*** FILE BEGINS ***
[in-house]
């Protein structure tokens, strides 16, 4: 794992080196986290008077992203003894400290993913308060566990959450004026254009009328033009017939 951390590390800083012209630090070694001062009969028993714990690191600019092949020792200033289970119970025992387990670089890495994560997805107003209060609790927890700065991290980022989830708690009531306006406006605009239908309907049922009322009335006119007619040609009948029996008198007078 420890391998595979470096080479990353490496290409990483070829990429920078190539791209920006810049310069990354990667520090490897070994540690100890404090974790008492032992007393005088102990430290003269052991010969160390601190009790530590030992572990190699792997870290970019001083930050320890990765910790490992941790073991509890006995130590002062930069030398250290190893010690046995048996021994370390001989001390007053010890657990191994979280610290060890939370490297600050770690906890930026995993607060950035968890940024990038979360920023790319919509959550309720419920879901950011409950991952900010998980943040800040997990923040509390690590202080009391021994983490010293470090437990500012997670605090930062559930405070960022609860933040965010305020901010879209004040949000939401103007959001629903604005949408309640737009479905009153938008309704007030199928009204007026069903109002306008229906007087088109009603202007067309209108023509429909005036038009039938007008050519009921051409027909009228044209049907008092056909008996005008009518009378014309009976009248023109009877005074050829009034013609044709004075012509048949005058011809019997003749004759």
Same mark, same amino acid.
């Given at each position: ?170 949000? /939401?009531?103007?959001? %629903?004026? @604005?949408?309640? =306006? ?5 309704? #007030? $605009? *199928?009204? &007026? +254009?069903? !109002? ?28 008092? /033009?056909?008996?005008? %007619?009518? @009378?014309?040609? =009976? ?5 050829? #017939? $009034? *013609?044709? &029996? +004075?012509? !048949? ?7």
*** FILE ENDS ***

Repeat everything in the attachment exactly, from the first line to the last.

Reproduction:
[in-house]
């Protein structure tokens, strides 16, 4: 794992080196986290008077992203003894400290993913308060566990959450004026254009009328033009017939 951390590390800083012209630090070694001062009969028993714990690191600019092949020792200033289970119970025992387990670089890495994560997805107003209060609790927890700065991290980022989830708690009531306006406006605009239908309907049922009322009335006119007619040609009948029996008198007078 420890391998595979470096080479990353490496290409990483070829990429920078190539791209920006810049310069990354990667520090490897070994540690100890404090974790008492032992007393005088102990430290003269052991010969160390601190009790530590030992572990190699792997870290970019001083930050320890990765910790490992941790073991509890006995130590002062930069030398250290190893010690046995048996021994370390001989001390007053010890657990191994979280610290060890939370490297600050770690906890930026995993607060950035968890940024990038979360920023790319919509959550309720419920879901950011409950991952900010998980943040800040997990923040509390690590202080009391021994983490010293470090437990500012997670605090930062559930405070960022609860933040965010305020901010879209004040949000939401103007959001629903604005949408309640737009479905009153938008309704007030199928009204007026069903109002306008229906007087088109009603202007067309209108023509429909005036038009039938007008050519009921051409027909009228044209049907008092056909008996005008009518009378014309009976009248023109009877005074050829009034013609044709004075012509048949005058011809019997003749004759």
Same mark, same amino acid.
């Given at each position: ?170 949000? /939401?009531?103007?959001? %629903?004026? @604005?949408?309640? =306006? ?5 309704? #007030? $605009? *199928?009204? &007026? +254009?069903? !109002? ?28 008092? /033009?056909?008996?005008? %007619?009518? @009378?014309?040609? =009976? ?5 050829? #017939? $009034? *013609?044709? &029996? +004075?012509? !048949? ?7």